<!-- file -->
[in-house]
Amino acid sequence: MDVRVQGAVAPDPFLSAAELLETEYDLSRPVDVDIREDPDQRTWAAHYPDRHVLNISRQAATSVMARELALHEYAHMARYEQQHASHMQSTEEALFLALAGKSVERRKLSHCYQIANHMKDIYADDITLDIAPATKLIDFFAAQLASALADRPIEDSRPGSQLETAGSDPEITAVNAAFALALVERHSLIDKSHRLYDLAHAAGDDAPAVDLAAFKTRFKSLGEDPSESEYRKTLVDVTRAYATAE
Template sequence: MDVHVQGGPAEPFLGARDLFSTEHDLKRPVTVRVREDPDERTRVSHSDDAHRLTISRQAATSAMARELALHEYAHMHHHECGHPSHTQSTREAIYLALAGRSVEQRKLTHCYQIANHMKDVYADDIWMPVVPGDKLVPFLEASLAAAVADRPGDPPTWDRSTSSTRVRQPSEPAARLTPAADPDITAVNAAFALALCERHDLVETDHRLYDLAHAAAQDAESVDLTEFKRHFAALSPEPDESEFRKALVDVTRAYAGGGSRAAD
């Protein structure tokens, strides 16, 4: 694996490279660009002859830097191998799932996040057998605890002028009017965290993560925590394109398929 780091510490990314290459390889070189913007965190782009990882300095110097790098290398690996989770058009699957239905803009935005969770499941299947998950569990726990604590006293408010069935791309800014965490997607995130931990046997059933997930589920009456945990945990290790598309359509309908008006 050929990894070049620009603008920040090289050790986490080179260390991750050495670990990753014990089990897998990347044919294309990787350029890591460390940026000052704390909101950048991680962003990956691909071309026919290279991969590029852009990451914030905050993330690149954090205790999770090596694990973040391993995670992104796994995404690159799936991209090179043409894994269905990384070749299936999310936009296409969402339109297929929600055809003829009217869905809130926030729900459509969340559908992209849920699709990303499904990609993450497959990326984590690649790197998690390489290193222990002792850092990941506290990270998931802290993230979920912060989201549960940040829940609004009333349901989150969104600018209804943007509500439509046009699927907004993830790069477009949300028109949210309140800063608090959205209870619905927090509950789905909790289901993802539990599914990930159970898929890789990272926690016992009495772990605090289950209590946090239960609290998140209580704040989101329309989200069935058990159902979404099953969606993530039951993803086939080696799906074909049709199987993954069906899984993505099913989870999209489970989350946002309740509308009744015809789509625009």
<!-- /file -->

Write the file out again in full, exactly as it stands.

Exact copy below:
[in-house]
Amino acid sequence: MDVRVQGAVAPDPFLSAAELLETEYDLSRPVDVDIREDPDQRTWAAHYPDRHVLNISRQAATSVMARELALHEYAHMARYEQQHASHMQSTEEALFLALAGKSVERRKLSHCYQIANHMKDIYADDITLDIAPATKLIDFFAAQLASALADRPIEDSRPGSQLETAGSDPEITAVNAAFALALVERHSLIDKSHRLYDLAHAAGDDAPAVDLAAFKTRFKSLGEDPSESEYRKTLVDVTRAYATAE
Template sequence: MDVHVQGGPAEPFLGARDLFSTEHDLKRPVTVRVREDPDERTRVSHSDDAHRLTISRQAATSAMARELALHEYAHMHHHECGHPSHTQSTREAIYLALAGRSVEQRKLTHCYQIANHMKDVYADDIWMPVVPGDKLVPFLEASLAAAVADRPGDPPTWDRSTSSTRVRQPSEPAARLTPAADPDITAVNAAFALALCERHDLVETDHRLYDLAHAAAQDAESVDLTEFKRHFAALSPEPDESEFRKALVDVTRAYAGGGSRAAD
């Protein structure tokens, strides 16, 4: 694996490279660009002859830097191998799932996040057998605890002028009017965290993560925590394109398929 780091510490990314290459390889070189913007965190782009990882300095110097790098290398690996989770058009699957239905803009935005969770499941299947998950569990726990604590006293408010069935791309800014965490997607995130931990046997059933997930589920009456945990945990290790598309359509309908008006 050929990894070049620009603008920040090289050790986490080179260390991750050495670990990753014990089990897998990347044919294309990787350029890591460390940026000052704390909101950048991680962003990956691909071309026919290279991969590029852009990451914030905050993330690149954090205790999770090596694990973040391993995670992104796994995404690159799936991209090179043409894994269905990384070749299936999310936009296409969402339109297929929600055809003829009217869905809130926030729900459509969340559908992209849920699709990303499904990609993450497959990326984590690649790197998690390489290193222990002792850092990941506290990270998931802290993230979920912060989201549960940040829940609004009333349901989150969104600018209804943007509500439509046009699927907004993830790069477009949300028109949210309140800063608090959205209870619905927090509950789905909790289901993802539990599914990930159970898929890789990272926690016992009495772990605090289950209590946090239960609290998140209580704040989101329309989200069935058990159902979404099953969606993530039951993803086939080696799906074909049709199987993954069906899984993505099913989870999209489970989350946002309740509308009744015809789509625009």